Here’s what your SharePoint 2010 Records Governance Plan should look like -- and why.
The beauty of SharePoint 2010 is the warm end user experience of declaring a record while the user still references it, instead of the cold transference to the Records Center after a period of time post modified date when the record is no longer valuable. SharePoint 2010’s Active Records Management allows end users to version documents that are declared records earlier than would be possible using other more classic or home-built environments that customarily separate the two functions of document control and records management.
Whereas Microsoft may see the two capabilities as an opportunity to serve more customers, records professionals are excited about the possibility of interacting more with internal clients. Both are marketing campaigns; however, records professionals understand the importance of the electronic record’s usability against the backdrop of ISO 15489.
Creating a Records Governance Policy
To write a Records governance policy for SharePoint 2010, you need to read ISO 15489’s General Guidelines and the Technical Report. Get your copy of the general guidelines here. A link to the Technical Report is provided on that page.
ISO 15489 defines Records Management as “a field of management responsible for the efficient and systematic control of the creation, receipt, maintenance, use and disposition of records, including processes for capturing and maintaining evidence of and information about business activities and transactions in the form of records”. ISO 15489 distinctly states how records provide for their entities through context and technology.
A record should correctly reflect what was communicated or decided or what action was taken. It should be able to support the needs of the business to which it relates and be used for accountability purposes. As well as the content, the record should contain, or be persistently linked to, or associated with, the metadata necessary to document a transaction, as follows:
a) the structure of a record, that is, its format and the relationships between the elements comprising the record, should remain intact;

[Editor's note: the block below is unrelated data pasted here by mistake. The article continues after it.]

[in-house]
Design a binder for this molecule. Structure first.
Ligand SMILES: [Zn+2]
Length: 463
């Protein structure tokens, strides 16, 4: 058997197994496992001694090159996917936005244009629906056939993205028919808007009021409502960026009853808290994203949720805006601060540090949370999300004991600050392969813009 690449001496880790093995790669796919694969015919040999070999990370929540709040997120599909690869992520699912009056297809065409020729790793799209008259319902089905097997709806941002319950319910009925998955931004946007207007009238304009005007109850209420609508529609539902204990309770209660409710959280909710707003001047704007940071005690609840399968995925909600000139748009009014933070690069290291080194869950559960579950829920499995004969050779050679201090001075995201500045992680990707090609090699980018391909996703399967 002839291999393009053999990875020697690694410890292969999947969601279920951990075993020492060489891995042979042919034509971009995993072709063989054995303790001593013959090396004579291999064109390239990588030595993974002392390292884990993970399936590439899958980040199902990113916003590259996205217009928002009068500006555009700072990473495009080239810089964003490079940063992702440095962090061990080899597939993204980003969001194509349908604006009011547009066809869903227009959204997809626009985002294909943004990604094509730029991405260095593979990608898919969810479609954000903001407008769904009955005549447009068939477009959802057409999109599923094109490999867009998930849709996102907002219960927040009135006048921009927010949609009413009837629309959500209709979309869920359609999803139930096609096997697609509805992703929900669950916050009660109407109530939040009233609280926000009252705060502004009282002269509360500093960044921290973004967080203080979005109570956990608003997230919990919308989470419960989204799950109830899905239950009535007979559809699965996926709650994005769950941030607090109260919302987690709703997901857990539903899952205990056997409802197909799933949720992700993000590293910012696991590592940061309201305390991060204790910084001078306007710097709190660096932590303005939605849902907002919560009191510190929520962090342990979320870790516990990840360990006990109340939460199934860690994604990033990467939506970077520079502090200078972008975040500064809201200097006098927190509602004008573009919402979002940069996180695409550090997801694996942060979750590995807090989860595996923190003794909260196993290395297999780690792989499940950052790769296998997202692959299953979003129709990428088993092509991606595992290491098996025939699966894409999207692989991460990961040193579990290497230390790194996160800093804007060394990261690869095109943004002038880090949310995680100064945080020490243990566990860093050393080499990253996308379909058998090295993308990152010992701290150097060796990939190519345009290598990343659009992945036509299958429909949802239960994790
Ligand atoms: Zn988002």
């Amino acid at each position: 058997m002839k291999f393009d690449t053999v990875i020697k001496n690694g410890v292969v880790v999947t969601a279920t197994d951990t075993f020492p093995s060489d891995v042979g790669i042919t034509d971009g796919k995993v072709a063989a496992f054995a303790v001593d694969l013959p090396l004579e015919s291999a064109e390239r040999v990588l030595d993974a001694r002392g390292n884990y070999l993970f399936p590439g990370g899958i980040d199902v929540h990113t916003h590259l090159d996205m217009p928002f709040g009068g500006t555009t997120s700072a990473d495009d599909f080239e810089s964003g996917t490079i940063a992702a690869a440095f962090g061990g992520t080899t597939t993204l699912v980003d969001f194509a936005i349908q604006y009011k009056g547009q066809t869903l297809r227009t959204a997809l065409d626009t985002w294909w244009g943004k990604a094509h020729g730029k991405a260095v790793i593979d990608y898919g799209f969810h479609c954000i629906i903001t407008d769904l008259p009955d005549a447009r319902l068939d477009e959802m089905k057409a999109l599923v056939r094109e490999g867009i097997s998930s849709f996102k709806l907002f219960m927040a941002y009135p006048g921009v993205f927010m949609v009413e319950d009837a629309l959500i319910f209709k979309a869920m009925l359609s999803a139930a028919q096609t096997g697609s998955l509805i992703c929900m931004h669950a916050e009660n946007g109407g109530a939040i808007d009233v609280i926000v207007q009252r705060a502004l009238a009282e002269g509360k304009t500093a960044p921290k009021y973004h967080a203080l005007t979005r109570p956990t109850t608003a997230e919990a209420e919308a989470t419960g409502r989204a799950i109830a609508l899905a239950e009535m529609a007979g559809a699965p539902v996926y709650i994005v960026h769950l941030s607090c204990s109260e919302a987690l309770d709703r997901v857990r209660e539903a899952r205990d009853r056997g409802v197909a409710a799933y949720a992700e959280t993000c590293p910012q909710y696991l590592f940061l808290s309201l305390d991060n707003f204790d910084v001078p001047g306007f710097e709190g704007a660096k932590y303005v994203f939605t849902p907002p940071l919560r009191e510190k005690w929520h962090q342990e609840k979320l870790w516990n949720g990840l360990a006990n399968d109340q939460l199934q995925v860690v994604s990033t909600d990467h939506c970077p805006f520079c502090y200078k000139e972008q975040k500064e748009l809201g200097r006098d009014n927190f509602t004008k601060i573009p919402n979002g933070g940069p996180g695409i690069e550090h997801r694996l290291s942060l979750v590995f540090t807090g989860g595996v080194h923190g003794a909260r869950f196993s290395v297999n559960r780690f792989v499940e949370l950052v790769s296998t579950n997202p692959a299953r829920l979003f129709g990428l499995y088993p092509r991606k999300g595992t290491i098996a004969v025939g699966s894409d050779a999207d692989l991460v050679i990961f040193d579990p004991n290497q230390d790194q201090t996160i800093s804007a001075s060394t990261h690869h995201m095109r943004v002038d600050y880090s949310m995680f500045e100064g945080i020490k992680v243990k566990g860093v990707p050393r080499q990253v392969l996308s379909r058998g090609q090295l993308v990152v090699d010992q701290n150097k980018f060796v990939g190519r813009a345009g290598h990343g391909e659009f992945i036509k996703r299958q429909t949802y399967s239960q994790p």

b) the business context in which the record was created, received and used should be apparent in the record (including the business process of which the transaction is part, the date and time of the transaction and the participants in the transaction);
c) the links between documents, held separately but combining to make up a record, should be present.
The life cycle of the record as outlined in ISO 15489 encourages the usability and wholeness of documents to become something more. In other words, a record is a corporate decision in time which creates an obligation under a statute of limitations. Each technical portion (metadata, content, links) of the whole record must be handled with precision and accuracy so that the record-ness is identifiable from birth.
Transitioning Document to Record
The usability and transition of document-to-record state prompts a serious approach -- at least a feasibility study. Think about the below questions in the context of 15489:
- Does our culture support the connection amongst information warehouses?
- What data from legacy records and information management implementations should we migrate to our new platform?
- What political mess remains from the MOSS 2007 implementation?
- Will our SharePoint 2010 environment provide structure for currently unstructured data?
- What kind of file formats will we permit and exclude here?
- What stipulations can we use to curtail massive, overnight growth?
- Should we perform a 1:1 migration?
These questions can facilitate the creation of high-level information pathways. These pathways outline the line of custody within and between business units on the corporate RRS and in their taxonomies. The outcome is a Records governance plan that should be codified into the following sections. Note: within each section, map corresponding functions in SharePoint.
Sections of Records Governance Plan
Focus on the Records vision and scope of SharePoint 2010. Projected benefits may include: authenticity, reliability, integrity, usability (in accordance with ISO 15489); renewed corporate agility; faster retrieval; better availability; consistency; stability; reduced costs of discovery; reduced silos; reduced print sets; applied content management rules; reinvestment in KM; simpler business risk analysis; codified goals and strategies of the organization; measured volume and growth rate of records; physical records management; and, best of all -- improved morale.
“Your SharePoint Records Governance Plan and ISO 15489: Part Two” continues next week with the rest of the plan—and more commentary on document control.